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Enemies will change, modulate software if information is disclosed: Centre to SC in Pegasus matter

Solicitor General Tushar Mehta said those involved in terror activities may take pre-emptive steps if the government divulges details of which software is used for various purposes.

Published: 17th August 2021 08:07 PM  |   Last Updated: 17th August 2021 08:07 PM   |  A+A-

Reports about the use of Pegasus in France emerged this week.

Representational Image. (File Photo)

By PTI

NEW DELHI: Divulging information whether the country uses spyware like Pegasus or not would involve national security aspect as enemies of the nation or those indulging in terror activities would change or modulate their software, the Centre told the Supreme Court on Tuesday.

Solicitor General Tushar Mehta, appearing for the Centre, told a bench headed by Chief Justice N V Ramana that those involved in terror activities may take pre-emptive steps if the government divulges details of which software is used for various purposes including interception.

"Suppose, I am heading a terrorist organisation. I am using several apparatus for the purpose of communicating with my sleeper cells etc. The moment any government of any country says that no, we are not using a particular software, I will change my software or I will modulate my software to such an extent that at least they are not compatible with what the government is using," Mehta told the bench, which also comprised Justices Surya Kant and Aniruddha Bose.

The apex court, which made clear that it did not want the government to disclose anything which compromises national security, issued notice to the Centre on a batch of pleas seeking independent probe into the alleged Pegasus snooping matter and posted the matter for hearing after 10 days.

During the arguments, Mehta said this can't be a subject matter of affidavit and public debate and the government has said in its limited affidavit that it will constitute a committee of experts to examine all the aspects of Pegasus issue.

"The moment I say Pegasus is not being used, all the apparatus which the enemies of the country are using can be reset in a module that it is not compatible. These are the issues which we will place before the technical committee and if the technical committee records everything and comes before your lordships, there is nothing wrong," Mehta said.

"Those who are in terrorist activities they may take pre-emptive or corrective steps," he added.

The bench said it does not want to know what mechanism the defence ministry or other ministries have evolved or set up for the defence of the nation and it is not asking the Centre to disclose any such thing.

Mehta argued that senior advocate Kapil Sibal, appearing for veteran journalists N Ram and Sashi Kumar who have filed a petition in the matter, had rightly said on Monday that there is a statutory mechanism and rules which allow interception and this is necessary to combat terrorism.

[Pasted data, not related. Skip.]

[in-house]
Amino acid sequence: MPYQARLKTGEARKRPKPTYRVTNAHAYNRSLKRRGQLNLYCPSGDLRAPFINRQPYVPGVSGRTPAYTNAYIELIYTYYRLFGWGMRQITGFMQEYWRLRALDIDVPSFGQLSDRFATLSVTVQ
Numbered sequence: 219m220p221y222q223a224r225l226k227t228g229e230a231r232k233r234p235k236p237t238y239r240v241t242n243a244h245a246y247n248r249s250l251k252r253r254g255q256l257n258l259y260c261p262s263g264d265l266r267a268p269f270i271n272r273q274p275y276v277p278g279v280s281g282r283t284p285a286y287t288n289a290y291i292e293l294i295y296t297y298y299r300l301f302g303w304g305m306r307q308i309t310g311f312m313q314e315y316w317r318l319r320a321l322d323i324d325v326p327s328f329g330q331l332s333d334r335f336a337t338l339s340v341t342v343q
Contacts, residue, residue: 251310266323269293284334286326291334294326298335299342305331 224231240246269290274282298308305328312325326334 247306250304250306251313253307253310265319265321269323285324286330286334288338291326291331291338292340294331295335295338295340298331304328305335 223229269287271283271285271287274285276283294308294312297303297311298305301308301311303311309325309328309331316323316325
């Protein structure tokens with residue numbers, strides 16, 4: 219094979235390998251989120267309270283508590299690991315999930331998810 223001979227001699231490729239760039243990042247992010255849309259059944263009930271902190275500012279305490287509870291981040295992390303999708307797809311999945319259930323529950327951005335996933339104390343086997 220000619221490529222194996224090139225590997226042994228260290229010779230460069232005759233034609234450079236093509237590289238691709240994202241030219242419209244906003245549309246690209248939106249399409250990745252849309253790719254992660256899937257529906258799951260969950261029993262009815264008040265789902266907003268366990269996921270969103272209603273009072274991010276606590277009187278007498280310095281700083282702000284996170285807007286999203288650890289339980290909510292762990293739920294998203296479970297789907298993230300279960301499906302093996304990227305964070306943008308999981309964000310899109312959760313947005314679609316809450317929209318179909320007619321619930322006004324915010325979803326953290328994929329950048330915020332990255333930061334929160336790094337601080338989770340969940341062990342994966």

"Kindly visualise, tomorrow a narrative is built by some web portals that military equipment is used for some illegitimate purpose. Somebody, who has nothing to do with this, can file a petition. If I will advise the government that you file an affidavit on use of military equipment, then I will be failing in my duty," he said.

Mehta said the petitioners are seeking inquiry in the matter and the government has said that it will constitute a committee of experts.

He said the committee will consist of neutral experts and not government officials and the panel will file its report before the apex court.

"I don't think there can be anything fair than this," Mehta said.

The bench said it in not compelling the government to divulge anything which they do not want to.

"Tentatively, what we are thinking is without any further debate on the issue, we will issue notice before admission," the bench said and issued notice to the Centre.

The court is hearing a batch of pleas, including the one filed by Editors Guild of India, seeking independent probe into the matter.

They are related to reports of alleged snooping by government agencies on eminent citizens, politicians and scribes by using Israeli firm NSO's spyware Pegasus.

An international media consortium has reported that over 300 verified Indian mobile phone numbers were on the list of potential targets for surveillance using Pegasus spyware.

The Centre had Monday filed a limited affidavit in the apex court and said that pleas seeking an independent probe into the Pegasus snooping allegations are based on "conjectures and surmises or on other unsubstantiated media reports or incomplete or uncorroborated material".

It had said that position on the issue has already been clarified in Parliament by IT Minister Ashwini Vaishnaw.

With a view to dispelling any wrong narrative spread by certain vested interests and examining the issues raised, the government will constitute a committee of experts, it had said.



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